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Apathy, but not depression, predicts all-cause dementia in cerebral small vessel disease

Research output: Contribution to journalArticle

Jonathan Tay, Robin G. Morris, Anil M. Tuladhar, Masud Husain, Frank Erik De Leeuw, Hugh S. Markus

Original languageEnglish
Article numberjnnp-2020-323092
Pages (from-to)953-959
Number of pages7
JournalJournal of Neurology, Neurosurgery and Psychiatry
Volume91
Issue number9
DOIs
Publication statusPublished - 1 Sep 2020

King's Authors

Abstract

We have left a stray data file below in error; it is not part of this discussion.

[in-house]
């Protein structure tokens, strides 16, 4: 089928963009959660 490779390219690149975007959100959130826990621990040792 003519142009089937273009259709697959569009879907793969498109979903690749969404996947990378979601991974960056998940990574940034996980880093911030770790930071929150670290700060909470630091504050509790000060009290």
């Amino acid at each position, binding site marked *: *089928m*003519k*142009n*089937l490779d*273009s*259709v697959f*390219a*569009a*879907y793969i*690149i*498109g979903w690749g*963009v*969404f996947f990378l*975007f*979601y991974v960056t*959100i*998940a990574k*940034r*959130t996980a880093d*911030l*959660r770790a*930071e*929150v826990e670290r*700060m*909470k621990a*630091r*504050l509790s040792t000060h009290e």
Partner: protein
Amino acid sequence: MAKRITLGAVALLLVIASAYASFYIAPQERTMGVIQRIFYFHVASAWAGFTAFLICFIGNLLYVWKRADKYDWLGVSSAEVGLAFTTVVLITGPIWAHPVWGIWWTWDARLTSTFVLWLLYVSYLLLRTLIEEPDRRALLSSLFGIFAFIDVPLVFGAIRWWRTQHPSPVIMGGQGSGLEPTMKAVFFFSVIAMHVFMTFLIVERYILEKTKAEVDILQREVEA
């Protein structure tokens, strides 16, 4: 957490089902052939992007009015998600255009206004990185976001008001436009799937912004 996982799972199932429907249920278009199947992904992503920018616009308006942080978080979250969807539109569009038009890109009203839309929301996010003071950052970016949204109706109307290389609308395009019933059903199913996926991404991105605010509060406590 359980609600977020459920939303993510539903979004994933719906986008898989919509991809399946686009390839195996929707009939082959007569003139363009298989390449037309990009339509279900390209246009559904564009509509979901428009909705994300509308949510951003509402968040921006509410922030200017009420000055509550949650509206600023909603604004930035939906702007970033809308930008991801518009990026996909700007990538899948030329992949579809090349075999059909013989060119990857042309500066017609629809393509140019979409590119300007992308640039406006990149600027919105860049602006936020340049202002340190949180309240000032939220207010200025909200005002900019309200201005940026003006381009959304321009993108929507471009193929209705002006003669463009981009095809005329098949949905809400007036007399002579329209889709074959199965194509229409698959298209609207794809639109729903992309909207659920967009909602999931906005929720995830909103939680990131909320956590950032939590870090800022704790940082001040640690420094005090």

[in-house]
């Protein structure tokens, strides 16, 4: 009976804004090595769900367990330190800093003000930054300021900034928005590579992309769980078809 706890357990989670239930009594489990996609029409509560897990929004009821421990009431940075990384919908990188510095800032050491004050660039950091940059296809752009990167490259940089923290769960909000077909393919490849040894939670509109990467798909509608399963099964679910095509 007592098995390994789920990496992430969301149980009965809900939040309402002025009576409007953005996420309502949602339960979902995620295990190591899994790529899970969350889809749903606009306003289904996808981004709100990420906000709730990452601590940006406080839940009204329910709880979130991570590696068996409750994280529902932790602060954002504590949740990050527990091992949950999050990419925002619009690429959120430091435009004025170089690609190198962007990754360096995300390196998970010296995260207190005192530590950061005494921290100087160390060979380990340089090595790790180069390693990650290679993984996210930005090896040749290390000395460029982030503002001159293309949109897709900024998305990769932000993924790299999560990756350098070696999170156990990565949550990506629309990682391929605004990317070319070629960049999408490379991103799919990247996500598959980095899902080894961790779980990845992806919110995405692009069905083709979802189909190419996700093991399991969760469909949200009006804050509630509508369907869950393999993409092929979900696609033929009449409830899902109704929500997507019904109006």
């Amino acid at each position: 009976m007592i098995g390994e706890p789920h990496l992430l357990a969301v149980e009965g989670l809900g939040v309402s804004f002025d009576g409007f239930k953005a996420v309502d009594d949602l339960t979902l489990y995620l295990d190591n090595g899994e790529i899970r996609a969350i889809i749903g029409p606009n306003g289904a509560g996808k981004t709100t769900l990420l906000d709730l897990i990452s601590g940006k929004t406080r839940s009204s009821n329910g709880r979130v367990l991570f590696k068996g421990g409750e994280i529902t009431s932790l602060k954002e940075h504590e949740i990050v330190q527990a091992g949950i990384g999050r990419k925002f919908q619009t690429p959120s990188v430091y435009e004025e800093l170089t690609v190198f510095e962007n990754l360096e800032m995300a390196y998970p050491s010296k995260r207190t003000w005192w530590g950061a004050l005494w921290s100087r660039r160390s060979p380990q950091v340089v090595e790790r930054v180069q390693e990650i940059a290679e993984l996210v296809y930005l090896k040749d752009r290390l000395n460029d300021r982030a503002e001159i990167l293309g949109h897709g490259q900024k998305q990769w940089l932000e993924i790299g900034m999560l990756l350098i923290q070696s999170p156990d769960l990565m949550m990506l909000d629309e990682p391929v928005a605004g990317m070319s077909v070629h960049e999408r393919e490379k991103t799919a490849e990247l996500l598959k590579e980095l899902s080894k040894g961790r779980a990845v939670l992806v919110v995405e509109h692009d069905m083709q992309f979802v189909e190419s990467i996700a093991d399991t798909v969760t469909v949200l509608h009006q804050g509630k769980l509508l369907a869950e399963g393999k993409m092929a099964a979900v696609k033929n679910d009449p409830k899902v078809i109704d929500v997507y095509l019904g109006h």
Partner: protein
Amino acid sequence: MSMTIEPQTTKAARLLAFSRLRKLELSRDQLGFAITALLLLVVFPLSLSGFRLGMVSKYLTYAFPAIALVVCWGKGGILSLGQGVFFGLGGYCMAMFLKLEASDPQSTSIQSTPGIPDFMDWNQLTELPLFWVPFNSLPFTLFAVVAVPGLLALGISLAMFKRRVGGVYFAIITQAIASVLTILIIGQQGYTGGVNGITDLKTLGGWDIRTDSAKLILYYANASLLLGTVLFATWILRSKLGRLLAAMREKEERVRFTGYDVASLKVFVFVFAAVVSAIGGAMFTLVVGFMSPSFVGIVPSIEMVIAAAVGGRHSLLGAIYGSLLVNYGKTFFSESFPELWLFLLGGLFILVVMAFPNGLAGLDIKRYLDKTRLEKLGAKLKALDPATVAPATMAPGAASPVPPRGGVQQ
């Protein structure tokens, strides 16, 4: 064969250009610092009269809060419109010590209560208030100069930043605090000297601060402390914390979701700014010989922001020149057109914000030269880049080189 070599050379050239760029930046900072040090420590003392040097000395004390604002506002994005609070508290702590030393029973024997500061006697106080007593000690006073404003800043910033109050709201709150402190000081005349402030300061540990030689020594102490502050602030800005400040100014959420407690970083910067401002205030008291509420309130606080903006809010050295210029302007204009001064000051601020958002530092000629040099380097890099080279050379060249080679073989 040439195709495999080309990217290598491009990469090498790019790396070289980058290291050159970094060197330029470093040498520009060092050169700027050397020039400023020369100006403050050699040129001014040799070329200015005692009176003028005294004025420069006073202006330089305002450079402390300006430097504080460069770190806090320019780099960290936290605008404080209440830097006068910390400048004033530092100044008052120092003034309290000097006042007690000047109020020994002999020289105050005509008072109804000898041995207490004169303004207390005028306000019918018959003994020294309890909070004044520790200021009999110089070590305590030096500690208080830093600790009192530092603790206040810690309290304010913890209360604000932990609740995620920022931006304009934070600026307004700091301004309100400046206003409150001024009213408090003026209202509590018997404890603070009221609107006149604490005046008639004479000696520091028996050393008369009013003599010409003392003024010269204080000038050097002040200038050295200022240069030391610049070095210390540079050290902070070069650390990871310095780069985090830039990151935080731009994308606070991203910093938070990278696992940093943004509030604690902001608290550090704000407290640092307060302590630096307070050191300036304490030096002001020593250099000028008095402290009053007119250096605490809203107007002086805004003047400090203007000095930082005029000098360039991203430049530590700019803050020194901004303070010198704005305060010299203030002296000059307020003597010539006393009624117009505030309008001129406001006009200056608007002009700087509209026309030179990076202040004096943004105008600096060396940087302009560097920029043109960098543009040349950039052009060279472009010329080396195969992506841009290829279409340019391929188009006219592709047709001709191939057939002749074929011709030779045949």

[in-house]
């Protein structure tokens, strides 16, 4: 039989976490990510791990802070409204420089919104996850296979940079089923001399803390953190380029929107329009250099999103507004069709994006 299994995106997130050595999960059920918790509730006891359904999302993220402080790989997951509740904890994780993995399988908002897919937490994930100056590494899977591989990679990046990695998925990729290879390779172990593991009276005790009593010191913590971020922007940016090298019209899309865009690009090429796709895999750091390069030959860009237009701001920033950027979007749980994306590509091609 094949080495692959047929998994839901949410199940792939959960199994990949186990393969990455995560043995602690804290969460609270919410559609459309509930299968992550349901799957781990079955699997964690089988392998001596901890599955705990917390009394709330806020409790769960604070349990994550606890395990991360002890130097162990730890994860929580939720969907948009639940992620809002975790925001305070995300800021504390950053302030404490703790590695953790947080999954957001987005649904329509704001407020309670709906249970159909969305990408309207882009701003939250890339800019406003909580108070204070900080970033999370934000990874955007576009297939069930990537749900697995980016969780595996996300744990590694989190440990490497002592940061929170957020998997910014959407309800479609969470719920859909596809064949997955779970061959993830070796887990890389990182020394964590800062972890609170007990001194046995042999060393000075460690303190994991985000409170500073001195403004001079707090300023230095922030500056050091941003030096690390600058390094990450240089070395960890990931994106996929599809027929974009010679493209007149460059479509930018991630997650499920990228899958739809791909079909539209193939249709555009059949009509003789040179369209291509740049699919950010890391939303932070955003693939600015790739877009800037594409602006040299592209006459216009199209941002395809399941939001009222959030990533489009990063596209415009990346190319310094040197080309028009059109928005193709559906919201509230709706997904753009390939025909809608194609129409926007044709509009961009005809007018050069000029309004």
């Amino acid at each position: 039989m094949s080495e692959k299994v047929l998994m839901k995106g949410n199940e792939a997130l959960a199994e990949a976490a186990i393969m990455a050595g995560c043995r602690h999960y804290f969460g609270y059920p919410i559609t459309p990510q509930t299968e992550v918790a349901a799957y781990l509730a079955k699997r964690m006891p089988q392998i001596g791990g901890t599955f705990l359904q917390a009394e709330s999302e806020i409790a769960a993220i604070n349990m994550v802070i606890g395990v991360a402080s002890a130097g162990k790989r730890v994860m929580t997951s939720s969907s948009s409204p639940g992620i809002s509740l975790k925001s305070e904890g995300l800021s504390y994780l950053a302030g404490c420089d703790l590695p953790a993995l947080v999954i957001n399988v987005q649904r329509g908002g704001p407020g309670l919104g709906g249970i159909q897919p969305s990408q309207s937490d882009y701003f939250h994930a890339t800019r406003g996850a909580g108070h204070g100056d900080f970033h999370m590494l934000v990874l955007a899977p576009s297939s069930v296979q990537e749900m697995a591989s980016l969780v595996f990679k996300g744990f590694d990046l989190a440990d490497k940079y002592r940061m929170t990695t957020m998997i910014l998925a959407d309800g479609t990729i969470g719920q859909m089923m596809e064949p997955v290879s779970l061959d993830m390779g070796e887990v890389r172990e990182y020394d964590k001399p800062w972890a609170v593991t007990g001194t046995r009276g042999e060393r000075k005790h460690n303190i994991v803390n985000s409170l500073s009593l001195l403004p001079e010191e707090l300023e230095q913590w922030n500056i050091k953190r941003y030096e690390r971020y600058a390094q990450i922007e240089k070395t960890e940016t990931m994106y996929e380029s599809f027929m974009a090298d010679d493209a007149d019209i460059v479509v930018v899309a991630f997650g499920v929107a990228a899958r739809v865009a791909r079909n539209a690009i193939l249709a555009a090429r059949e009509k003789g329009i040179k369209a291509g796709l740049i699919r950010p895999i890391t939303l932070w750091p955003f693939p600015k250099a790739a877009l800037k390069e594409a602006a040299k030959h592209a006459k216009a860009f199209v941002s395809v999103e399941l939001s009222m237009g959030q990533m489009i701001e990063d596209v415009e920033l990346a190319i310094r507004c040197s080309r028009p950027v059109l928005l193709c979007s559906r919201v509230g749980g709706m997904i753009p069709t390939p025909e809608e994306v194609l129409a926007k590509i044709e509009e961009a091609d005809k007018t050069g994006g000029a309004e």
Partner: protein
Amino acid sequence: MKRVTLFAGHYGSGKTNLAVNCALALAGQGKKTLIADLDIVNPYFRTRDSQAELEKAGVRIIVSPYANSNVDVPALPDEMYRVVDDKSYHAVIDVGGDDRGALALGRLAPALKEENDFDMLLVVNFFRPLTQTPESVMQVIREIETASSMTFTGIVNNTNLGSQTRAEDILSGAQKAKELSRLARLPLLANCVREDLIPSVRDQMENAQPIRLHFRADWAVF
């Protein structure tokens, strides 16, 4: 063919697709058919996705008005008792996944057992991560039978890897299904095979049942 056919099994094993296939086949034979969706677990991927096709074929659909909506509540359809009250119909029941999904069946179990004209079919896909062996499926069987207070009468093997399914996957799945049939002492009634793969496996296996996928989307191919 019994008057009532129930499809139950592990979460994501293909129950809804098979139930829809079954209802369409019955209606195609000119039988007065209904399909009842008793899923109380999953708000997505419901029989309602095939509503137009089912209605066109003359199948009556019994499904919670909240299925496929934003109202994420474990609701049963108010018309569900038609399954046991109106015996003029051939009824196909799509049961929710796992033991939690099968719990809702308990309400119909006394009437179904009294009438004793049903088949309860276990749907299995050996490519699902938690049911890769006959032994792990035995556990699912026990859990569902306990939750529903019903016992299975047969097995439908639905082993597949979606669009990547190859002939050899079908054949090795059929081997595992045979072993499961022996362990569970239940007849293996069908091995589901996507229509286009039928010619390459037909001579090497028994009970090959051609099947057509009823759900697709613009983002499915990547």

Objective: To determine whether apathy or depression predicts all-cause dementia in small vessel disease (SVD) patients. Methods: Analyses used two prospective cohort studies of SVD: St. George's Cognition and Neuroimaging in Stroke (SCANS; n=121) and Radboud University Nijmegen Diffusion Tensor and Magnetic Resonance Cohort (RUN DMC; n=352). Multivariate Cox regressions were used to predict dementia using baseline apathy and depression scores in both datasets. Change in apathy and depression was used to predict dementia in a subset of 104 participants with longitudinal data from SCANS. All models were controlled for age, education and cognitive function. Results: Baseline apathy scores predicted dementia in SCANS (HR 1.49, 95% CI 1.05 to 2.11, p=0.024) and RUN DMC (HR 1.05, 95% CI 1.01 to 1.09, p=0.007). Increasing apathy was associated with dementia in SCANS (HR 1.53, 95% CI 1.08 to 2.17, p=0.017). In contrast, baseline depression and change in depression did not predict dementia in either dataset. Including apathy in predictive models of dementia improved model fit. Conclusions: Apathy, but not depression, may be a prodromal symptom of dementia in SVD, and may be useful in identifying at-risk individuals.

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